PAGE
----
King’s Quest: Quest for the Crown
King’s Quest: Quest for the Crown brought 16-color graphics and more detailed animation to the table. Less like the interactive fiction that preceded it, and more like proper point-and-click adventures that would follow, Quest for the Crown represents an important milestone for the genre.
Above: He’s walking. He’s actually walking into the background and foreground! Go Sir Graham! Work those sexy 16-color legs of yours!
Pantaloon Points: Quest for the Crown gets ten graham crackers and a pair of pantaloons for leading the way for future adventure titles.
King’s Quest II: Romancing the Throne
King’s Quest gets its first sequel and becomes a bona fide series. Like its predecessor, Romancing the Throne still relied heavily on typed text commands. The first modern point-and-click adventure game is still a ways off.
Word association points: We are pleased to give Romancing the Throne a Michael Douglas, Kathleen Turner, and Danny Devito head for having a similar title to the 1984 adventure film, Romancing the Stone.
Space Quest: The Sarien Encounter
Roger Wilco’s quest for “truth, justice, and really clean floors” begins with the release of the very first Space Quest game. You still controlled your character with the keyboard and had to play a bit of guess-the-right-verb to type to figure out the appropriate commands, but it was a far cry from the traditional medieval fantasy worlds of King’s Quest. Unlike the noble and chivalrous protagonists featured in the King’s Quest series, Roger Wilco was a lazy good-for-nothing janitor who seemed to prefer sneaking naps to saving the day. It was funny. It was different. And in the end, the day was saved after all.
Pop culture points: We’re giving The Sarien Encounter three beards and two pairs of sunglasses for featuring musicians that looked like ZZ Top and The Blues Brothers in a bar. We’re also giving it one bourbon, one scotch, and one beer for having a bar in the first place.
King’s Quest III: To Heir is Human
To Heir is Human was the first King’s Quest game to star a new protagonist and featured the worst subtitle pun in the series so far. This time, players took control of a young lad named Gwydion. A princess was saved, a dragon was slain, and peace was restored to the land of Daventry.
Dragon kill points: To Heir is Human earns three well-deserved dragon kill points for the slaying of a three-headed dragon. These points may be used to bid on any epic loot that drops the next time its guild goes on a raid in World of Warcraft.
Leisure Suit Larry in the Land of the Lounge Lizards
Sierra continues to pump out the hits with unrelenting stamina in what appears to be a completely one-sided match so far. This time, your quest was to help the horribly hopeless (and horny) Larry Laffer get laid. The “adult content” in the game seemed racy at the time, but it was a commercial success. That’s one more notch in Sierra’s belt.
Fist bump points: Larry’s first adventure gets four fist bumps for making the hopeless loser one of the most lovable and memorable characters in the history of adventure games.
Police Quest: In Pursuit of the Death Angel
The pummeling in this epic showdown continues as Sierra introduces yet another popular adventure. In the first Police Quest game, you played as Sonny Bonds, an officer of the law. Unlike the idyllic fantasy world of King’s Quest and the silly sci-fi setting in Space Quest, Police Quest rubbed your face in the gritty reality of the real world. Teenagers with drug problems, a prostitute, a gang of bikers, and a showdown with a deadly cocaine dealer are just some of the things that set Police Quest apart from the other “Quest” games released by Sierra so far.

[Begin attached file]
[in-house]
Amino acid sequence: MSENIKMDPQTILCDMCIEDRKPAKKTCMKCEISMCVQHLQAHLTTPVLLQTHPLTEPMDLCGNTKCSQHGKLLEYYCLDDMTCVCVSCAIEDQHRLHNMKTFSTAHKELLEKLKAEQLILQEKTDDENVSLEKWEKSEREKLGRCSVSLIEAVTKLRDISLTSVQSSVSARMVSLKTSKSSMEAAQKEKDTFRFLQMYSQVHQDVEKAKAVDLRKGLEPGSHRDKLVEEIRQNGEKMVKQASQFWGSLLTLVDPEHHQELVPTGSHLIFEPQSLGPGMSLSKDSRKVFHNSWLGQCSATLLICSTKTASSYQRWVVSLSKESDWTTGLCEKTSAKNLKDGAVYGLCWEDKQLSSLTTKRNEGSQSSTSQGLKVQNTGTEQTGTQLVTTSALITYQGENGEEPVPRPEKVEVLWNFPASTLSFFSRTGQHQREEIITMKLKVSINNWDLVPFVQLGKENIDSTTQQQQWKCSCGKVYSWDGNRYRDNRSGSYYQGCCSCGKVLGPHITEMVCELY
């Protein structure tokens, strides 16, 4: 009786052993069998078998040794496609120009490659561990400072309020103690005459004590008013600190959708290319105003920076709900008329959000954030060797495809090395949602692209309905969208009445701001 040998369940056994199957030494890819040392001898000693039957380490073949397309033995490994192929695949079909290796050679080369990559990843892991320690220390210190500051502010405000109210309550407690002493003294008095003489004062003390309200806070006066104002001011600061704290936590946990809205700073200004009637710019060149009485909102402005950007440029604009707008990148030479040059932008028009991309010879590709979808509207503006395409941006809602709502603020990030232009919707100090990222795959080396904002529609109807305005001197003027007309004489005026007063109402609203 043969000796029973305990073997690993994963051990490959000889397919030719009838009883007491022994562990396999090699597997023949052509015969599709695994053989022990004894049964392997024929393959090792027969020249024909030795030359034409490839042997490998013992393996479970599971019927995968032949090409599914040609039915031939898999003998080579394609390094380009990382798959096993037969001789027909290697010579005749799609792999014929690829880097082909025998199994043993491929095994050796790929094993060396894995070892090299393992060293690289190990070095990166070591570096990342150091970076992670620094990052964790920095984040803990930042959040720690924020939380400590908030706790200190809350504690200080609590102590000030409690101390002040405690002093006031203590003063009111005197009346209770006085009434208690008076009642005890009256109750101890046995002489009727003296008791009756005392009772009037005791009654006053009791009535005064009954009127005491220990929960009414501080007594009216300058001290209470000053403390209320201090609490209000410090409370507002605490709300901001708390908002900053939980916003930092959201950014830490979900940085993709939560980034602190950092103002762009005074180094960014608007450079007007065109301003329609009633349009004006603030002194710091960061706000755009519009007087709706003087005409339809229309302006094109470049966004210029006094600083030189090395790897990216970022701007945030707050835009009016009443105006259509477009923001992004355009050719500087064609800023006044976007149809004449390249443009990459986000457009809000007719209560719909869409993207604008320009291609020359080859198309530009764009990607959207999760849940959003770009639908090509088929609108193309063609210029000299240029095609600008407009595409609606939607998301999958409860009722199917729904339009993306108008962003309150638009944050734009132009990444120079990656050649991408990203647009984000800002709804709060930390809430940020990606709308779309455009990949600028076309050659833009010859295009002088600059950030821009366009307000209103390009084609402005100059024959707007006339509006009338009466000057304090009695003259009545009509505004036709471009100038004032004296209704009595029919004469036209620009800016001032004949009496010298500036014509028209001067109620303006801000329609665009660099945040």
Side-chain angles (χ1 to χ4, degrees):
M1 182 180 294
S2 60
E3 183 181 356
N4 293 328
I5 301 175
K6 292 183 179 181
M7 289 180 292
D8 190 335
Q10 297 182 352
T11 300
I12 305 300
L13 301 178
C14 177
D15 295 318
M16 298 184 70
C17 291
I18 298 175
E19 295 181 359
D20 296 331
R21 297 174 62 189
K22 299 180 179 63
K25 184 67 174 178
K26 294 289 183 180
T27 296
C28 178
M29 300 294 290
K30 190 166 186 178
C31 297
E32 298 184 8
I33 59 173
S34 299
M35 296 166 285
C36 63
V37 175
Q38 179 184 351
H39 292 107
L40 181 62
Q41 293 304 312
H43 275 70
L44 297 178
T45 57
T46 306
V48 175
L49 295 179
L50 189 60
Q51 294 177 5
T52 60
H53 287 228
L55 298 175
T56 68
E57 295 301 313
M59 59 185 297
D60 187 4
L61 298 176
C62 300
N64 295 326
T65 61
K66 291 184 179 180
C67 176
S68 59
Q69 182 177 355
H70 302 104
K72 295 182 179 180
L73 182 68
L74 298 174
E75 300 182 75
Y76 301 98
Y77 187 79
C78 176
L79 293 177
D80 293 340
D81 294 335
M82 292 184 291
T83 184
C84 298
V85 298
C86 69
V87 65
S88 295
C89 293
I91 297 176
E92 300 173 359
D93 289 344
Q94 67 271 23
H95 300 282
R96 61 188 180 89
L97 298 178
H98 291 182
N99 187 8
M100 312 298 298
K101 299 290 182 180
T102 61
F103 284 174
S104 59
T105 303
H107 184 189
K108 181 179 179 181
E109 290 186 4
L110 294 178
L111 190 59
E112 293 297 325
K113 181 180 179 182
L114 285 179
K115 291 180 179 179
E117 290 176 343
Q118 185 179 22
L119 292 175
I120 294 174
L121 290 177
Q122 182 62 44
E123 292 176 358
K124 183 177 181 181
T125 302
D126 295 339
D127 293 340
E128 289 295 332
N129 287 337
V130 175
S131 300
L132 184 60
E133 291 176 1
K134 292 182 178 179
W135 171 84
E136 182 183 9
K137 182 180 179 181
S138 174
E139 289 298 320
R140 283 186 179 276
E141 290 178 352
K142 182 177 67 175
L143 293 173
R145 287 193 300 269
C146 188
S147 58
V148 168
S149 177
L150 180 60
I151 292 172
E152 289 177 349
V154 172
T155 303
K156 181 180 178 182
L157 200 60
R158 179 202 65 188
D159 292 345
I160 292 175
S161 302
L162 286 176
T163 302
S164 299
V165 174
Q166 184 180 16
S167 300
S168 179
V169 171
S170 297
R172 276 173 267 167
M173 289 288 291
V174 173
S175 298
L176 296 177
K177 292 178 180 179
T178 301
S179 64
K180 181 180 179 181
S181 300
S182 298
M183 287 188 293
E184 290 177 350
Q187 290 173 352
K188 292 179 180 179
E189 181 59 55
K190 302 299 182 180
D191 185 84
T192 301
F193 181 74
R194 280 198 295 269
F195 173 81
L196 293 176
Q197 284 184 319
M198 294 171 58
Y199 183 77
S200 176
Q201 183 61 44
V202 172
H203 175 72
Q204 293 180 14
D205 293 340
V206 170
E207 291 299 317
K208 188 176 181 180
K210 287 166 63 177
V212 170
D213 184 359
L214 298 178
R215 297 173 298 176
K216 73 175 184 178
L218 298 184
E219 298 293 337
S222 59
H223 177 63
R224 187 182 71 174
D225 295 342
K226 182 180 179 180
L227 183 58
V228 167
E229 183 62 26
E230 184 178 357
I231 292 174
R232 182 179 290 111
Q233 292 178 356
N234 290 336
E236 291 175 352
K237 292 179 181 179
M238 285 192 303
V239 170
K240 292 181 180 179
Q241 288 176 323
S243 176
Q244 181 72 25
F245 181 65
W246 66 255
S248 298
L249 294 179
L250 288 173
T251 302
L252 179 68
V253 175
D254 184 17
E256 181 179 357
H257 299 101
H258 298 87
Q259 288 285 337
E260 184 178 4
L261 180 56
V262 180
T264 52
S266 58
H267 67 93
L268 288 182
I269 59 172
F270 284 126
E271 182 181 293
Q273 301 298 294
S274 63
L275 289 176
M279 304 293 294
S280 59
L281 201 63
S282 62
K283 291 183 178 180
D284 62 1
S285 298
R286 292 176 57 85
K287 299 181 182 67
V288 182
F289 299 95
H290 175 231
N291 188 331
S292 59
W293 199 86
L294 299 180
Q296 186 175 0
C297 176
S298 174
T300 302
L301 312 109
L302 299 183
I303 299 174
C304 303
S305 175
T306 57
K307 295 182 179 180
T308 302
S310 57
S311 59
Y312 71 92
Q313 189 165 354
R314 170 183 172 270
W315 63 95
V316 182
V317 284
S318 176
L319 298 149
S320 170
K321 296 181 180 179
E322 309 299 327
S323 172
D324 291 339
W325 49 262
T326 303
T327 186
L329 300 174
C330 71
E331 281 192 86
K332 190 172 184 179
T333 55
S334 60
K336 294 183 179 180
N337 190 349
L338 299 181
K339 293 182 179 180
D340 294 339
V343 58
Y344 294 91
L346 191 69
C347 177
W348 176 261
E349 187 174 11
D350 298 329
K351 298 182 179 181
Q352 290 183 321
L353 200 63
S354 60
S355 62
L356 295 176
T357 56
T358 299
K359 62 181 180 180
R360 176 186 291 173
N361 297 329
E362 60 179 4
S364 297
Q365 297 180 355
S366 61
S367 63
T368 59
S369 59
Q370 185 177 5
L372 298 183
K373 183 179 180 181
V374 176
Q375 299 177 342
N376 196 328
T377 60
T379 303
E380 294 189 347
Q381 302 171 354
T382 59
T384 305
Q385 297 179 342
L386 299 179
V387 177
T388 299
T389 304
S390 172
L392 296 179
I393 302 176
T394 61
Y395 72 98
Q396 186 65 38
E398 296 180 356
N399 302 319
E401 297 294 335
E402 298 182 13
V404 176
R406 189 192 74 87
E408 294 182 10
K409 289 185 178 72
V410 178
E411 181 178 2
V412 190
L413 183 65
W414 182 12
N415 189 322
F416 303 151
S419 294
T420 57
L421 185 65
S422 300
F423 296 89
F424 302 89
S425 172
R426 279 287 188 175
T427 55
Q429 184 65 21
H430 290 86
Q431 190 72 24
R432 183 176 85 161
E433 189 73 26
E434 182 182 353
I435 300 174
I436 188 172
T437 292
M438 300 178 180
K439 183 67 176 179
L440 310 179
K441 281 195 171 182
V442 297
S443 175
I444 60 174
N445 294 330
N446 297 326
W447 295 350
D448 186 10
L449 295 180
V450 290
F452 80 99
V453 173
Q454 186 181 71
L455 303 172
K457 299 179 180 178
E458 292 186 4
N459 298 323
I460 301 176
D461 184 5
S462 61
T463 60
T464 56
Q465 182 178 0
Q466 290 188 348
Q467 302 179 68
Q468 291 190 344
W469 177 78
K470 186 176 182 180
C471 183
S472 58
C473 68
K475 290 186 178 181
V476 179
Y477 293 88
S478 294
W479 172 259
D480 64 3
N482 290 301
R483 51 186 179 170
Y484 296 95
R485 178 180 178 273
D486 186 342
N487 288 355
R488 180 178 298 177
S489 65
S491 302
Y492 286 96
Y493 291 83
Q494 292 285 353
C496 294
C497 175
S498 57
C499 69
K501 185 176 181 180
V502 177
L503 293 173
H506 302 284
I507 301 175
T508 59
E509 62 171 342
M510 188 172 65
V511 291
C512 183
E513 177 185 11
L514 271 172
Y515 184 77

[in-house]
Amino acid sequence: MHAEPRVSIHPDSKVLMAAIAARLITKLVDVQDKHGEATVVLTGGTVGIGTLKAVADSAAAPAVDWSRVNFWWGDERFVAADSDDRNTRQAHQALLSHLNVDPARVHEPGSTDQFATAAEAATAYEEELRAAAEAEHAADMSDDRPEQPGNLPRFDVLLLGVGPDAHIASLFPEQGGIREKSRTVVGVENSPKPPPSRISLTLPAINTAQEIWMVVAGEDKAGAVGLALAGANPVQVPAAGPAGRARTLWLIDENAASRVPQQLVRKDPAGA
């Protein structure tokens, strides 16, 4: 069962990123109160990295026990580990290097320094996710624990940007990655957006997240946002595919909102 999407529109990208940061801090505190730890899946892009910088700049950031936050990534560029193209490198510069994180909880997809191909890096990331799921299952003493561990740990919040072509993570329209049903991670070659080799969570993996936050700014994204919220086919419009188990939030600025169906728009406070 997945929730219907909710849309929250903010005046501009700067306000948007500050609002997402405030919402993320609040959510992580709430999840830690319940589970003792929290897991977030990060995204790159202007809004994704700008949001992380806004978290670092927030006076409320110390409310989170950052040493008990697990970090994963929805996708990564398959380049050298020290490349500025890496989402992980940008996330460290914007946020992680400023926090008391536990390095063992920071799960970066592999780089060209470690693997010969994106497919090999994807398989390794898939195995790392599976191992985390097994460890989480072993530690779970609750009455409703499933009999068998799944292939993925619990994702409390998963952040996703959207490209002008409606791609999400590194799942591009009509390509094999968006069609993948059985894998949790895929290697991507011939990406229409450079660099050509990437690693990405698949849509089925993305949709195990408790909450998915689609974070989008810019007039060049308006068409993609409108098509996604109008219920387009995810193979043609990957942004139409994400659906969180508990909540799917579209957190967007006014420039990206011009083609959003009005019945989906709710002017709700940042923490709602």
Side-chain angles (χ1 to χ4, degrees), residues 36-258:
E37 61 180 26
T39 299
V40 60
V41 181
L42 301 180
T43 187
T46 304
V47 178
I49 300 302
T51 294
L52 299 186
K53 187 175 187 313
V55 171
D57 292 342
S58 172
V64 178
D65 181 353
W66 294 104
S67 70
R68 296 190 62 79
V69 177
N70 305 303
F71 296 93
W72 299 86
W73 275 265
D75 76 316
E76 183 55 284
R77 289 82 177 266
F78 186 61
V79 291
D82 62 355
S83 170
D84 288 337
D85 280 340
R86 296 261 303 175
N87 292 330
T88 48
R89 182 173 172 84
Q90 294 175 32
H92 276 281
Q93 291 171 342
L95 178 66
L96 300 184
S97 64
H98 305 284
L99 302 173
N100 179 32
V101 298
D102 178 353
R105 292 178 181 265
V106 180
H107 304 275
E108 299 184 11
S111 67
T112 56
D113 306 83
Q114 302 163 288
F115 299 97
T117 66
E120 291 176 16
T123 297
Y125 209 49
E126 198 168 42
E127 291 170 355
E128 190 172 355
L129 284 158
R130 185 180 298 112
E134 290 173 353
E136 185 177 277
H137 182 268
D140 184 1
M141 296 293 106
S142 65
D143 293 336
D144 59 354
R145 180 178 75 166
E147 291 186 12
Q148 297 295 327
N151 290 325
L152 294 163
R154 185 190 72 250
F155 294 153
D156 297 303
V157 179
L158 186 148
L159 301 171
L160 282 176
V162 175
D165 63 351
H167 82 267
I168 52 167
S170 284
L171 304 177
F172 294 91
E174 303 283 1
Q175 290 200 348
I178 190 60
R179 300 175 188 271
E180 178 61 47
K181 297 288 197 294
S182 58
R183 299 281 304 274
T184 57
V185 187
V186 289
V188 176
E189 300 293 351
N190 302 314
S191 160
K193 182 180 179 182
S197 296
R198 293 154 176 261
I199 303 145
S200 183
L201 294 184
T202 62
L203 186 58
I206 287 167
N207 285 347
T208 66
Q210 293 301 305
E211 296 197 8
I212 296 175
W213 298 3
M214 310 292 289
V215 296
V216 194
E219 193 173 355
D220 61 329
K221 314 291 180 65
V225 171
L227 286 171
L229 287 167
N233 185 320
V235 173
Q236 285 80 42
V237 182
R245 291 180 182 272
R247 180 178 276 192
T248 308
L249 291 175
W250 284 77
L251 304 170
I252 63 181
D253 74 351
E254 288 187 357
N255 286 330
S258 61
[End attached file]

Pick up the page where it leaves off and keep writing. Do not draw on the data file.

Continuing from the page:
Public safety points: Police Quest earns four golden badges for being used to train real life police officers due to its realistic depiction of proper procedures and the way it showed the potential consequences of not following them.
Sierra may be leading in terms of quantity so far. But it was time for team Lucas to strike back with the release of Maniac Mansion, which trumped Sierra’s library with lots of features and ideas that were foreign to adventure games at the time.
Why have one ending or playable character when you could have many? Maniac Mansion offered several playable characters and multiple endings. It was also the first Lucasfilm game to use the SCUMM (“Script Creation utility for Maniac Mansion”) engine, which laid the groundwork many of the most memorable LucasArts adventure games to come. The SCUMM engine further improved upon the “slot machine” mechanic developed for Labyrinth: The Computer game, allowing players to point-and-click to select their actions instead of typing.
But more importantly, Maniac Mansion was fun and hilarious. Full of wonderfully weird characters and purposefully campy B-movie horror moments, Maniac Mansion truly marked a new milestone for the adventure genre and still has a strong fan base over a decade after it originally released.
Bad Ash Points: Maniac Mansion earns itself ten Bruce Campbell heads for its awesome B-movie moments and for pushing the adventure genre forward by leaps and bounds.
Things may look mighty grim for the Lucas camp so far. Although they seem prepared for almost anything with their towel and trusty David Bowie heads, they’ve got a lot of catching up to do. Sierra’s already got a comfortable lead with lots of graham crackers and two Gelflings to munch on while kicking back on the plump head of Devito. But this battle is far from over. Both team Lucas and Sierra have many new games and sequels up their sleeves as we near the height of the adventure game genre. Find out what happens next as when the clash of the adventure game titans continues next week in LucasArts vs Sierra: Part Two.
May 14, 2009
A showdown between fan-made creations and their official counterparts
From 1950 to the noughties, we look back at the history of gaming’s future